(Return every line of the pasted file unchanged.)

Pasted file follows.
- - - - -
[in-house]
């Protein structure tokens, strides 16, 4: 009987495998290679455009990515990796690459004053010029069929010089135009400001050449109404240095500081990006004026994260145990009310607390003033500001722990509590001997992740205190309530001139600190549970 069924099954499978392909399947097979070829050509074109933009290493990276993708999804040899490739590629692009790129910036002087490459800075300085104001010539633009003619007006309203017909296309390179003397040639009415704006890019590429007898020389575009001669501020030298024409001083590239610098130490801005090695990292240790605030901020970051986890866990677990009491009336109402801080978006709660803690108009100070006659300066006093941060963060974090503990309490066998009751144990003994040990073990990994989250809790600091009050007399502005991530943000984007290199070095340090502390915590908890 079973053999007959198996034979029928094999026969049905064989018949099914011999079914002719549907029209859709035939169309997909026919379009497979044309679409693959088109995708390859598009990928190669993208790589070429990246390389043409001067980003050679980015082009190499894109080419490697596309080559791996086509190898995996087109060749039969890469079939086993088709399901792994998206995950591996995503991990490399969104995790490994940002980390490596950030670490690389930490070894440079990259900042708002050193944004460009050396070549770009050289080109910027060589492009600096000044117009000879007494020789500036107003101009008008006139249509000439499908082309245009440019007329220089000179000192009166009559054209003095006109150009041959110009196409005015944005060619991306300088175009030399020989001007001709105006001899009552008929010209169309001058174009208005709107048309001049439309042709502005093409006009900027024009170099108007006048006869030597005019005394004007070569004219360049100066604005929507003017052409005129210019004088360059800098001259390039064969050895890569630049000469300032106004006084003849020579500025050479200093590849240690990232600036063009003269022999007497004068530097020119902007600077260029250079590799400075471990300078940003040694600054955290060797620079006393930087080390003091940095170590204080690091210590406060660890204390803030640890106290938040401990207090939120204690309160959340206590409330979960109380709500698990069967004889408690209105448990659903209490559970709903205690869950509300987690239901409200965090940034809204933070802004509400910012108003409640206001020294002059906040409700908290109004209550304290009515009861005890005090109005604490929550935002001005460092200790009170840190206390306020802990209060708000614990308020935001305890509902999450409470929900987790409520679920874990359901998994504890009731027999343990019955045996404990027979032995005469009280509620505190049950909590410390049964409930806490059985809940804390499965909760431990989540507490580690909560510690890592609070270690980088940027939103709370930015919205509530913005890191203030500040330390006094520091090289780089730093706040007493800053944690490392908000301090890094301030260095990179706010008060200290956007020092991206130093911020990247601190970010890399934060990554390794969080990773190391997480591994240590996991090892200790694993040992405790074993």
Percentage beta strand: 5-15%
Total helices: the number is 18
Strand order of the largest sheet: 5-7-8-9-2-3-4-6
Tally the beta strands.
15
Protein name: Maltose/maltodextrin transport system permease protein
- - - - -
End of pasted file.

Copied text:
[in-house]
């Protein structure tokens, strides 16, 4: 009987495998290679455009990515990796690459004053010029069929010089135009400001050449109404240095500081990006004026994260145990009310607390003033500001722990509590001997992740205190309530001139600190549970 069924099954499978392909399947097979070829050509074109933009290493990276993708999804040899490739590629692009790129910036002087490459800075300085104001010539633009003619007006309203017909296309390179003397040639009415704006890019590429007898020389575009001669501020030298024409001083590239610098130490801005090695990292240790605030901020970051986890866990677990009491009336109402801080978006709660803690108009100070006659300066006093941060963060974090503990309490066998009751144990003994040990073990990994989250809790600091009050007399502005991530943000984007290199070095340090502390915590908890 079973053999007959198996034979029928094999026969049905064989018949099914011999079914002719549907029209859709035939169309997909026919379009497979044309679409693959088109995708390859598009990928190669993208790589070429990246390389043409001067980003050679980015082009190499894109080419490697596309080559791996086509190898995996087109060749039969890469079939086993088709399901792994998206995950591996995503991990490399969104995790490994940002980390490596950030670490690389930490070894440079990259900042708002050193944004460009050396070549770009050289080109910027060589492009600096000044117009000879007494020789500036107003101009008008006139249509000439499908082309245009440019007329220089000179000192009166009559054209003095006109150009041959110009196409005015944005060619991306300088175009030399020989001007001709105006001899009552008929010209169309001058174009208005709107048309001049439309042709502005093409006009900027024009170099108007006048006869030597005019005394004007070569004219360049100066604005929507003017052409005129210019004088360059800098001259390039064969050895890569630049000469300032106004006084003849020579500025050479200093590849240690990232600036063009003269022999007497004068530097020119902007600077260029250079590799400075471990300078940003040694600054955290060797620079006393930087080390003091940095170590204080690091210590406060660890204390803030640890106290938040401990207090939120204690309160959340206590409330979960109380709500698990069967004889408690209105448990659903209490559970709903205690869950509300987690239901409200965090940034809204933070802004509400910012108003409640206001020294002059906040409700908290109004209550304290009515009861005890005090109005604490929550935002001005460092200790009170840190206390306020802990209060708000614990308020935001305890509902999450409470929900987790409520679920874990359901998994504890009731027999343990019955045996404990027979032995005469009280509620505190049950909590410390049964409930806490059985809940804390499965909760431990989540507490580690909560510690890592609070270690980088940027939103709370930015919205509530913005890191203030500040330390006094520091090289780089730093706040007493800053944690490392908000301090890094301030260095990179706010008060200290956007020092991206130093911020990247601190970010890399934060990554390794969080990773190391997480591994240590996991090892200790694993040992405790074993």
Percentage beta strand: 5-15%
Total helices: the number is 18
Strand order of the largest sheet: 5-7-8-9-2-3-4-6
Tally the beta strands.
15
Protein name: Maltose/maltodextrin transport system permease protein